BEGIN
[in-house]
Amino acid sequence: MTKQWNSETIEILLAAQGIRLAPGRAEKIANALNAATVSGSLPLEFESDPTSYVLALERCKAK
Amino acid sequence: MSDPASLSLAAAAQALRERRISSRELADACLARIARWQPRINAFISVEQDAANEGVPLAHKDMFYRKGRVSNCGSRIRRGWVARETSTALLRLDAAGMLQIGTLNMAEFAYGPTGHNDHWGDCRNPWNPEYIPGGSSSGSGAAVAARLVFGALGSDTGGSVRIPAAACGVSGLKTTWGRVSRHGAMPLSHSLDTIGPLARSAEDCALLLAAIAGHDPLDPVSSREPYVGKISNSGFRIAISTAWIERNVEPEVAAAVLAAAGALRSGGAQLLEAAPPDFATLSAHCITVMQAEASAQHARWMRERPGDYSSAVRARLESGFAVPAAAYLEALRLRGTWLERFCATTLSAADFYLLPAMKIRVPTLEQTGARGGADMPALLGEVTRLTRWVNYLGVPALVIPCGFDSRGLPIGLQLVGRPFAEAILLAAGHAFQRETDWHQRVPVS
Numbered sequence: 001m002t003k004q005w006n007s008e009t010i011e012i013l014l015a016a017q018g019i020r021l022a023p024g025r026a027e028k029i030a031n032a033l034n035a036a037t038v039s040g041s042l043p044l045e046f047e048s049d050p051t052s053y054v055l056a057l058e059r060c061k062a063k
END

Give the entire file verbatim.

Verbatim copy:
[in-house]
Amino acid sequence: MTKQWNSETIEILLAAQGIRLAPGRAEKIANALNAATVSGSLPLEFESDPTSYVLALERCKAK
Amino acid sequence: MSDPASLSLAAAAQALRERRISSRELADACLARIARWQPRINAFISVEQDAANEGVPLAHKDMFYRKGRVSNCGSRIRRGWVARETSTALLRLDAAGMLQIGTLNMAEFAYGPTGHNDHWGDCRNPWNPEYIPGGSSSGSGAAVAARLVFGALGSDTGGSVRIPAAACGVSGLKTTWGRVSRHGAMPLSHSLDTIGPLARSAEDCALLLAAIAGHDPLDPVSSREPYVGKISNSGFRIAISTAWIERNVEPEVAAAVLAAAGALRSGGAQLLEAAPPDFATLSAHCITVMQAEASAQHARWMRERPGDYSSAVRARLESGFAVPAAAYLEALRLRGTWLERFCATTLSAADFYLLPAMKIRVPTLEQTGARGGADMPALLGEVTRLTRWVNYLGVPALVIPCGFDSRGLPIGLQLVGRPFAEAILLAAGHAFQRETDWHQRVPVS
Numbered sequence: 001m002t003k004q005w006n007s008e009t010i011e012i013l014l015a016a017q018g019i020r021l022a023p024g025r026a027e028k029i030a031n032a033l034n035a036a037t038v039s040g041s042l043p044l045e046f047e048s049d050p051t052s053y054v055l056a057l058e059r060c061k062a063k